Moving Beyond Professional Practice: Some Observations on the State of the Jewish Community
On January 5th I (Steven Windmueller) published on this site an article focusing on “Jewish Professional Practice.”
This piece would evoke an array of comments, including a Facebook note from my friend, Rabbi Denise Eger. She would write:
“I really enjoyed your article. I do think a follow up on this would be worthwhile about why some of these things happen in a professional environment. Often the agency is understaffed for the amount of work required by the professionals and there is inadequate support staff to handle certain tasks. Jewish organizations [are] often demanded by their funders and in particular certain grantors to be so innovative all the time that basics of running a sound organization gets passed over. The pressures on professionals to fundraise when that is often not their scope of practice because the lay partners have demanded an economic model rather than true social service or religious model is also not what many of us trained for. I agree with your basic premise. But I think there is more to this story!“
Indeed, in the aftermath of the rabbi’s email, here is “more to this story” as we collaborated in preparing this article!
As noted in the email above, the ten lapses in professional conduct occur in part as a result of the structural and economic changes that are taking place within our synagogues and communal agencies. With the downsizing of staff, the reduction of budgets, and the growing pressures to be “innovative” and “cutting edge,” the fundamental construct of our established organizations is changing. In the process of reconfiguring our agencies, communal organizations and congregations, we believe that our rabbis and Jewish communal professionals have been required to fundamentally redesign their positions, adding and adapting to the new expectations of temple and community boards. Rabbis today have taken on the tasks of administration, fund-raising, public relations, and planning, while their communal professional colleagues are expected to become Jewish educators, spiritual counselors, and program specialists. Indeed, the skill sets of our Jewish professionals are being tested, often without the prerequisite training associated with these new job expectations.
These changes for rabbis, cantors, educators and Jewish communal professionals seem to blur the lines between the distinct professional knowledge and experience of each of these areas of expertise. Rabbis who are song leaders replace cantors. Cantors are expected to be educators and often administrators. As mentioned above, as Jews move away from synagogue affiliation, communal professionals end up in performing the roles of spiritual counselor and teacher. Indeed rabbinic students who already have five years of graduate education are encouraged to pursue additional educational degrees, nonprofit management certificates, and chaplaincy specializations. This brings about other concerns including the debt load for young rabbis and delayed child bearing for women and men which contributes to the decline in births for young liberal Jewish families. These new operational challenges will limit us in recruiting the best and brightest to become spiritual leaders. But most importantly it sends a message from synagogue and communal lay leaders to these young professionals “We want one person to do it all.” This message “to downsize” and to “do more with less” we believe creates burnout, untenable expectations, and to Dr. Windmueller’s original point, basic mistakes and sometimes sloppiness.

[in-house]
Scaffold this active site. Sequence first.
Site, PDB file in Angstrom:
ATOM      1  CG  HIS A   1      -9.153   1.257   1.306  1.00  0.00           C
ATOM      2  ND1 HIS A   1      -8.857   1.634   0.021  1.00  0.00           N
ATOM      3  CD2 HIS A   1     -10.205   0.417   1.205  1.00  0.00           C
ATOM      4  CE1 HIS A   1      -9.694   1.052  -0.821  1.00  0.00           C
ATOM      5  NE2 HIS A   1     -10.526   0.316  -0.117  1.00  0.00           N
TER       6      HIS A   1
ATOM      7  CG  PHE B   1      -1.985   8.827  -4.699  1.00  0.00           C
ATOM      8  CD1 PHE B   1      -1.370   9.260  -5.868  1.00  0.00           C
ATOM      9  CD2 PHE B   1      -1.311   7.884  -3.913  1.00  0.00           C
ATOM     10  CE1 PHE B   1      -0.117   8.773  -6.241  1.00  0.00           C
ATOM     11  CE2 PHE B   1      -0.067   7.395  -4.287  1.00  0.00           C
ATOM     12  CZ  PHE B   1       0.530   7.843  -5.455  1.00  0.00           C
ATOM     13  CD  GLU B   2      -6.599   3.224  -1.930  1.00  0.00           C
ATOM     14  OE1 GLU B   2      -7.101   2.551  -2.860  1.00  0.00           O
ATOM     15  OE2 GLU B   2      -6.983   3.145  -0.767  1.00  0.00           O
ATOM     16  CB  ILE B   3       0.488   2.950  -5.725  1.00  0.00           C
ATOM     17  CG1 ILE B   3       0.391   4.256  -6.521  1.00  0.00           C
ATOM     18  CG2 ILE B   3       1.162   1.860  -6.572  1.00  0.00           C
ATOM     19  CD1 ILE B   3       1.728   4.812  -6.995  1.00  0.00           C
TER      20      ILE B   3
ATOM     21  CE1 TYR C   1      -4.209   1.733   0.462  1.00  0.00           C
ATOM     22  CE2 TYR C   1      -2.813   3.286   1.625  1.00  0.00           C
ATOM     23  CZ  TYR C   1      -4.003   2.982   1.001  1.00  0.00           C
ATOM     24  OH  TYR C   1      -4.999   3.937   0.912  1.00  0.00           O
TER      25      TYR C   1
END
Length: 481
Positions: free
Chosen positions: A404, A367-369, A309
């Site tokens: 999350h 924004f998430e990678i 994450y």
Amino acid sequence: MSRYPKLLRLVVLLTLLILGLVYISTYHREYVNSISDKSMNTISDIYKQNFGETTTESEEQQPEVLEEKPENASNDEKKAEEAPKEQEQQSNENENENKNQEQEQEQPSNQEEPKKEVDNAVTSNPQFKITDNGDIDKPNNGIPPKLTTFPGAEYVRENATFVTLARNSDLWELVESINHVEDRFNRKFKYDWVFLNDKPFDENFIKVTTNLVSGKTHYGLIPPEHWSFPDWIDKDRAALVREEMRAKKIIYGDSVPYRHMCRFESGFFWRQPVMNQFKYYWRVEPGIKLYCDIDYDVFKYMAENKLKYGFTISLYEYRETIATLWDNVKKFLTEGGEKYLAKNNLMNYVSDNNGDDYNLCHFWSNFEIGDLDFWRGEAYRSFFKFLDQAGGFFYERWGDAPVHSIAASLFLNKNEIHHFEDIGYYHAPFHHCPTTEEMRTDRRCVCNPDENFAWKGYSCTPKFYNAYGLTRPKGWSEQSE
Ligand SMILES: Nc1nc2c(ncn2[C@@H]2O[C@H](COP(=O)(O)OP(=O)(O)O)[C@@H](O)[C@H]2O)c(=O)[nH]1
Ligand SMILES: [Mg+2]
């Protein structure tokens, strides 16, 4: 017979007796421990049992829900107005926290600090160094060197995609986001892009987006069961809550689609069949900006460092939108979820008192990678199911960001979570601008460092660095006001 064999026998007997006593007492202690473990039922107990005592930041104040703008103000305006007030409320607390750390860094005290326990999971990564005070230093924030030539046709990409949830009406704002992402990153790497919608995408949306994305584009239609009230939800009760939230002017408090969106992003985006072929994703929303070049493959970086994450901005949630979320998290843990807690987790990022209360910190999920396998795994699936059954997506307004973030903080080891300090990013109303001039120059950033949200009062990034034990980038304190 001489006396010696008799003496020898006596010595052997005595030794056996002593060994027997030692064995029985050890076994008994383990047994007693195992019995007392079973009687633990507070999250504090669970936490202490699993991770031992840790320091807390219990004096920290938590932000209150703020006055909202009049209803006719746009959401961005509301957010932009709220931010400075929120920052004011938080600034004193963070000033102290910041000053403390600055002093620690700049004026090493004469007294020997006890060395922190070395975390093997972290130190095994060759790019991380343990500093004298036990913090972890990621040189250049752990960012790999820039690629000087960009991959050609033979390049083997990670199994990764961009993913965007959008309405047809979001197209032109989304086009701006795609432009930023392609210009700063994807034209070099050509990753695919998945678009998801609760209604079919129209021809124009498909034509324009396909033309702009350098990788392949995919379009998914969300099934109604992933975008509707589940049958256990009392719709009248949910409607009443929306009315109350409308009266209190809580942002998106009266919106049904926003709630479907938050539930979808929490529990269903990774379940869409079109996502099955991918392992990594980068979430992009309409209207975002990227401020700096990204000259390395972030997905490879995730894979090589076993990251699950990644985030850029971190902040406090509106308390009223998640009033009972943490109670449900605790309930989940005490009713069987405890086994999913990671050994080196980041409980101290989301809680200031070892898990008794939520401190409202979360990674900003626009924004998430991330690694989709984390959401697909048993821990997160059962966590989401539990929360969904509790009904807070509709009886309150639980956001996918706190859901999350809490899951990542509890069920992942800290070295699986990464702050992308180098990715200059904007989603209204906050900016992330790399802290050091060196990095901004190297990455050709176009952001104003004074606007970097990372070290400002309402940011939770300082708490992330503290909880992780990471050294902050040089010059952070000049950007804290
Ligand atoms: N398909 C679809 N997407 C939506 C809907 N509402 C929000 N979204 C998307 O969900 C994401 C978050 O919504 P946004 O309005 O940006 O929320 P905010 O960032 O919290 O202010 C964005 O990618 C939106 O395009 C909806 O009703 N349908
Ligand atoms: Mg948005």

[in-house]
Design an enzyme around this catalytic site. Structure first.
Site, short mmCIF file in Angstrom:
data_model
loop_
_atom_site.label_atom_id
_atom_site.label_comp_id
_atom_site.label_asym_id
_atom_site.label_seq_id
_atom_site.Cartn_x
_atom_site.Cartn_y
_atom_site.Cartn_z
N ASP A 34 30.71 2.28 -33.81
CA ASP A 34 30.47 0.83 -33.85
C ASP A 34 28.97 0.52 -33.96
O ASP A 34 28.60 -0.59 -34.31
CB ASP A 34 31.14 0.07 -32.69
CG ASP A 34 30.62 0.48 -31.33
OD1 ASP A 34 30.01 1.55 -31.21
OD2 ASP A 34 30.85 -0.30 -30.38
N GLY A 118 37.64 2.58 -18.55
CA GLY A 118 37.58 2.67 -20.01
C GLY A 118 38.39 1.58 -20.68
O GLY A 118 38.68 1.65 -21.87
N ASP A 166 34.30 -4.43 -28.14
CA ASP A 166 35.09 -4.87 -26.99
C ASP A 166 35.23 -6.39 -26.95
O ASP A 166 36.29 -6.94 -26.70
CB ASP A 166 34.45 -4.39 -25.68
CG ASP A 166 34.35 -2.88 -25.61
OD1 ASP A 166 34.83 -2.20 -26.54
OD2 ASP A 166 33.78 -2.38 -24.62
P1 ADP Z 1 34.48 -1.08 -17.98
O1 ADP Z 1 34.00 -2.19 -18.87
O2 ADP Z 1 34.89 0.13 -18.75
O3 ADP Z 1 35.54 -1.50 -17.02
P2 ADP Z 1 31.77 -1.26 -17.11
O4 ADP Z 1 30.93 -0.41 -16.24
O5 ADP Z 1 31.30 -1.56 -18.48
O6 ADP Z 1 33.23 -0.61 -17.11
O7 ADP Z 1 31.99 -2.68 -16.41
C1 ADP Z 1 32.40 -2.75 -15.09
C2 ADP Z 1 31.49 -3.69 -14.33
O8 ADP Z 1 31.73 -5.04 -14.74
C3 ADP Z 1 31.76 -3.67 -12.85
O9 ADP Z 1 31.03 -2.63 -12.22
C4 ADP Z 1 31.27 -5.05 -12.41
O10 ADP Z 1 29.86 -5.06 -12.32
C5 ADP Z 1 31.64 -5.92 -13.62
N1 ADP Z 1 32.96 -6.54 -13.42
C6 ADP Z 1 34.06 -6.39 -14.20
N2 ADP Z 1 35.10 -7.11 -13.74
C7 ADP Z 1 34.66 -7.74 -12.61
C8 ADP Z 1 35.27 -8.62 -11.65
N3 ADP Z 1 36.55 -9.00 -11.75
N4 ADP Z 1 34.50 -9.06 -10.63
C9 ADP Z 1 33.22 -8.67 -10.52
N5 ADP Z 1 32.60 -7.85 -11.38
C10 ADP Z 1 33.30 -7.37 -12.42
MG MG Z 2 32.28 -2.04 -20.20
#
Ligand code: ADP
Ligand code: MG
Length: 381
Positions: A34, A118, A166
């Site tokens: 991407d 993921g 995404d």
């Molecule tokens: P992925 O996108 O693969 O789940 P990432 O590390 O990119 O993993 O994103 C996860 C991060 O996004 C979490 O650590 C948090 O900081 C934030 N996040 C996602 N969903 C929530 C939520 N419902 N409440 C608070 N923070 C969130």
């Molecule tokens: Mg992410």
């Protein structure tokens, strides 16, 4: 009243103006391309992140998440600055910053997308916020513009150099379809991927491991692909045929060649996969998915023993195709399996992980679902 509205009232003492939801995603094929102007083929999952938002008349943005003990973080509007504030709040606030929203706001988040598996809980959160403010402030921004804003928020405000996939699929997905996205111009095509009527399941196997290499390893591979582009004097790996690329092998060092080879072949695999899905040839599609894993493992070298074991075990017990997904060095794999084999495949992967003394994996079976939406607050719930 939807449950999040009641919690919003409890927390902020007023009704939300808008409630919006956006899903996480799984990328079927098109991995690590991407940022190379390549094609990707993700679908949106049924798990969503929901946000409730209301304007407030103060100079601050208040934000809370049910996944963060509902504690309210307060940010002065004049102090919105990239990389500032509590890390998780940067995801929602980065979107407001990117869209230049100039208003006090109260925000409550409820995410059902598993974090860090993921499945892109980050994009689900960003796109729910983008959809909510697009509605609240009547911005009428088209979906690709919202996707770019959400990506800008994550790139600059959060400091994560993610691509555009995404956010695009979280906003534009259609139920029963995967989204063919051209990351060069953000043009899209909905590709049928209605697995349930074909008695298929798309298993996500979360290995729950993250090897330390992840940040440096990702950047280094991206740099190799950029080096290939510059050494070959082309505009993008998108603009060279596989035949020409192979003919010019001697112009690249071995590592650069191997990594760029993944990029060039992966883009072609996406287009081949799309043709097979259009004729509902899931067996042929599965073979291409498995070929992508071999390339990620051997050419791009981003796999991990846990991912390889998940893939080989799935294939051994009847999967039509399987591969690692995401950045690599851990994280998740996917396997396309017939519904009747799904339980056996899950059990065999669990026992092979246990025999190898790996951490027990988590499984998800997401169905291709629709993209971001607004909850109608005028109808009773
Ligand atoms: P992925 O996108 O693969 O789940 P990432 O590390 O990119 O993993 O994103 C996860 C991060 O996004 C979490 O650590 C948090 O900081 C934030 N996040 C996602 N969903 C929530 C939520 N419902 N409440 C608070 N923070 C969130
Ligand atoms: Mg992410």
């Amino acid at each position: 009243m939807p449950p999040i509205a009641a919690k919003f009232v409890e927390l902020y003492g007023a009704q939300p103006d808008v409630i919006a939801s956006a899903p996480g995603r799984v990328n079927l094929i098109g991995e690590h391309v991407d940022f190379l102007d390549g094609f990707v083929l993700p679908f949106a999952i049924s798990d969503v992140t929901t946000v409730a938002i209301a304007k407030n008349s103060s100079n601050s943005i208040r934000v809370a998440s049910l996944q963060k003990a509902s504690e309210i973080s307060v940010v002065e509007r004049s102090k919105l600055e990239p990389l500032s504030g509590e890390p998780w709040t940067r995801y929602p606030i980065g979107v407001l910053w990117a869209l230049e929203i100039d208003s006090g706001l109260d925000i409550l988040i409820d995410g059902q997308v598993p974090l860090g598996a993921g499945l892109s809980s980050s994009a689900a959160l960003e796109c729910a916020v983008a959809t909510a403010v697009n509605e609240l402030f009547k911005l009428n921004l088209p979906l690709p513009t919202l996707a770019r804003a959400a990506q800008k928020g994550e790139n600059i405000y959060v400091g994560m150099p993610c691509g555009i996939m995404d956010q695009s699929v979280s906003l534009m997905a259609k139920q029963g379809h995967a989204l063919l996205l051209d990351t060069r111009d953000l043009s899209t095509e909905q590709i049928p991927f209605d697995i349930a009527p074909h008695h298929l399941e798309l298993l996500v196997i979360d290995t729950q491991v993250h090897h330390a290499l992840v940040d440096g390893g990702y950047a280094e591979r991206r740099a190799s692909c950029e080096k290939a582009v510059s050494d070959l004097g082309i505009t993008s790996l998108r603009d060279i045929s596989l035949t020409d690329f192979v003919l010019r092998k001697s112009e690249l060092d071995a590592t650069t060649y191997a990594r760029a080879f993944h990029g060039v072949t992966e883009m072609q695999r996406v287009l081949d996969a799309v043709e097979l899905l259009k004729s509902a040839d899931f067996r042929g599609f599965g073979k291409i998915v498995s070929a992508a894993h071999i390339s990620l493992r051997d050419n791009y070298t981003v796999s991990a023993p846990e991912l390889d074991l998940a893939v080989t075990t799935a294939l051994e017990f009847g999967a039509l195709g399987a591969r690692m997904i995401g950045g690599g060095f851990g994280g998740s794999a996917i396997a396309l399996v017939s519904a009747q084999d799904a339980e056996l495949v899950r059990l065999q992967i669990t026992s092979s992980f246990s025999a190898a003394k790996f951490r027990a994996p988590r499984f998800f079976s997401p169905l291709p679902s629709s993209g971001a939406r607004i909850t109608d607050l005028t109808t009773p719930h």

We note with concern the qualitative limitations of our Jewish communal and synagogue boards. Our lay leadership has likewise been compromised by the new challenges facing our institutions. Many of those being tapped for positions of leadership have minimal knowledge of religious or nonprofit organizations. But more acutely, our laity is often only marginally equipped Jewishly to understand and perform the functions essential to be effective. There is little discussion by laity of healthy boundaries needed by our professionals to nurture their own family lives. Also a review of what is possible given the many constraints on Jewish professionals we have outlined needs to be revisited.
The Jewish literacy deficit and the minimal organizational knowledge of many of our current lay leaders and prospective leaders ought to be seen as a collective concern involving the welfare of our community.
How can we assist our synagogues and community agencies in facing these challenges? We are reminded that cross-agency/synagogue collaboration may represent one helpful model. Take for example the initiative now under way involving the professional associations of the Reform movement, as they coordinate their interests and shared concerns. Here, rabbis, administrators, educators, cantors, and youth professionals are collaborating around a common agenda.
We are proposing the establishment of a think tank that will bring together rabbis with their communal professional colleagues, along with lay leaders and funders among others, to explore the challenges facing our respective institutions. Our proposal involves a shared understanding of the operational issues that today negatively impact our organizations, contributing to the decline in the performance records of our professionals, accelerating tensions between boards and staff, and the ultimate weakening of our effectiveness as institutions and synagogues seek to perform and serve at their highest levels.